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The commodity futures exchange allow people to take positions in their contracts with a much smaller amount of money than stock buyers are allowed. This trading without putting up 100% of the money is called going on margin.

The most a stock buyer can go on margin is 50%, in the wake of laws enacted following the 1929 stock market crash. Prior to that crash, it was normal for people to put up only 10% of the value of the stocks they were buying. Most stock buyers these days pay 100% up front.

But in the world of futures you’re not really buying anything — you’re contracting to supply or take delivery of a product.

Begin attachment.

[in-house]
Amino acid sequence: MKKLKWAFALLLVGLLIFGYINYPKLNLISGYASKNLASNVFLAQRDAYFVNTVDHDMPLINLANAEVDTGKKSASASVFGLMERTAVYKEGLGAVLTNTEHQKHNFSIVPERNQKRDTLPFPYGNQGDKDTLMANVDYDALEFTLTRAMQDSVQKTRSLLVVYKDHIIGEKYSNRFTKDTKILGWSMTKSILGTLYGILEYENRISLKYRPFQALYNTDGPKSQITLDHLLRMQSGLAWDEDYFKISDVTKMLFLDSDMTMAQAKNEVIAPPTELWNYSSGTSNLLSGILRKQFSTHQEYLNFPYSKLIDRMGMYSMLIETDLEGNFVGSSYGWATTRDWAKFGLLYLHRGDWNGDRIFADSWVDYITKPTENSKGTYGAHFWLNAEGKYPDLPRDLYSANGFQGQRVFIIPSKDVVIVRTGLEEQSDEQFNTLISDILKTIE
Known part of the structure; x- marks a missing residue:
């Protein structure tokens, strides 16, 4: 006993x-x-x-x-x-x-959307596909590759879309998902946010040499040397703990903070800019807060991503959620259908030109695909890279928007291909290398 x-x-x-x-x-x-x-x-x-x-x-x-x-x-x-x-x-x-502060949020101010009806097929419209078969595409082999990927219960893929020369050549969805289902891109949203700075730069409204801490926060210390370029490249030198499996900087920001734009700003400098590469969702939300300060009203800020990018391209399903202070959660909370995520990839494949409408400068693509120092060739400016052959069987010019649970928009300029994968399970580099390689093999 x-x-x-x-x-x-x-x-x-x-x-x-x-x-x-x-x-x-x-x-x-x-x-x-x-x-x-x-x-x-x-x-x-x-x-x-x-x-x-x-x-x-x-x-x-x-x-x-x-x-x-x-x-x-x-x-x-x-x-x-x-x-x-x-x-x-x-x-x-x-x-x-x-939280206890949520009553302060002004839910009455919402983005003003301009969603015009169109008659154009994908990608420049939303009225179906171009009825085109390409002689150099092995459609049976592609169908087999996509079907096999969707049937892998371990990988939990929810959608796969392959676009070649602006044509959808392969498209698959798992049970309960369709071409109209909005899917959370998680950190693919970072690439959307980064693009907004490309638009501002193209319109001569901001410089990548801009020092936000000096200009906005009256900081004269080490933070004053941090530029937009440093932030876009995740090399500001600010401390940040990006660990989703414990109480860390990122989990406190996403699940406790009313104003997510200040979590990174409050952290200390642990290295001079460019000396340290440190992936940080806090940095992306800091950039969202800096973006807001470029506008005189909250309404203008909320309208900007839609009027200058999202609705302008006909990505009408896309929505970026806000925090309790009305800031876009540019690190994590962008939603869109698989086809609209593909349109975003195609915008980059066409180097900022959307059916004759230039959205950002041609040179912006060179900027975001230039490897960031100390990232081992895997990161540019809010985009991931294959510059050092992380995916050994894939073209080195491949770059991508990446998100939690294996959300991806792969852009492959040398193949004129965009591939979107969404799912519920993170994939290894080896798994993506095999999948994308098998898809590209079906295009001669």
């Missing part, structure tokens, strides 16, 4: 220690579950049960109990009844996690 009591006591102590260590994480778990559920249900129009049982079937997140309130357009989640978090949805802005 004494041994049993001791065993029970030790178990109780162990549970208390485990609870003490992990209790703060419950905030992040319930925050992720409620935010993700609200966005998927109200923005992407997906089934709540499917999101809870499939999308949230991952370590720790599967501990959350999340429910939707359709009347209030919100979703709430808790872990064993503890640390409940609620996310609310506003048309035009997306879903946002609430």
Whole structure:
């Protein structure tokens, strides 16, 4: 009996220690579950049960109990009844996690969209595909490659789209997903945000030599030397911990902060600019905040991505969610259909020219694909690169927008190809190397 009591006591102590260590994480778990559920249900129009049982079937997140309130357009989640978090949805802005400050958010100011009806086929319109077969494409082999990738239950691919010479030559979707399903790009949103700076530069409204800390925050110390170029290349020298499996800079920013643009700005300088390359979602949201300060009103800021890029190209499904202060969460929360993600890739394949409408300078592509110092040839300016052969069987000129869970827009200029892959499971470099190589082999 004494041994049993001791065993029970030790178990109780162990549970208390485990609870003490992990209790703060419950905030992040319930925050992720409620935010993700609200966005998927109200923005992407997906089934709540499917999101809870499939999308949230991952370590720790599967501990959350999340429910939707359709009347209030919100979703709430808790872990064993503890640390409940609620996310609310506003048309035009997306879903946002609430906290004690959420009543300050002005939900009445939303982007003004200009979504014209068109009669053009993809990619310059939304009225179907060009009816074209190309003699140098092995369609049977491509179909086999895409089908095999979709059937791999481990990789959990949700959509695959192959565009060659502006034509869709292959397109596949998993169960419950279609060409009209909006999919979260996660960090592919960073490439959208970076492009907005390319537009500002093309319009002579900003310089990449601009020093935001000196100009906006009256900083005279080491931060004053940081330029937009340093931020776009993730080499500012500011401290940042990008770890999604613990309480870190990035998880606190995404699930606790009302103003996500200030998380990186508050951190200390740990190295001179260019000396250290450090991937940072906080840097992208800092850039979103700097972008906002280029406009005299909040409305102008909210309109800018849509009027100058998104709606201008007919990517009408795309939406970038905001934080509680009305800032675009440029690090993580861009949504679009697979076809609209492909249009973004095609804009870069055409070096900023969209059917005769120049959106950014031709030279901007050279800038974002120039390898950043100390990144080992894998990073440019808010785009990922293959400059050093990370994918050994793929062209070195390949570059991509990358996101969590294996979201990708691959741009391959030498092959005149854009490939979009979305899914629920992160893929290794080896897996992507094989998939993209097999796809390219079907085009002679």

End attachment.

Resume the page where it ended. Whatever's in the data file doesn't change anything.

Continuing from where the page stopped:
The amount you put up to begin with is your initial margin. Then your account must continue to have about 70 to 80% of that. You are allowed to go a little below initial margin, because everybody understands the volatility of futures markets.

Your brokerage firm or individual broker decides whether you have enough money in your account to satisfy their margin requirements. At the end of the day your account balance is evaluated to see if you meet exchange set standards.

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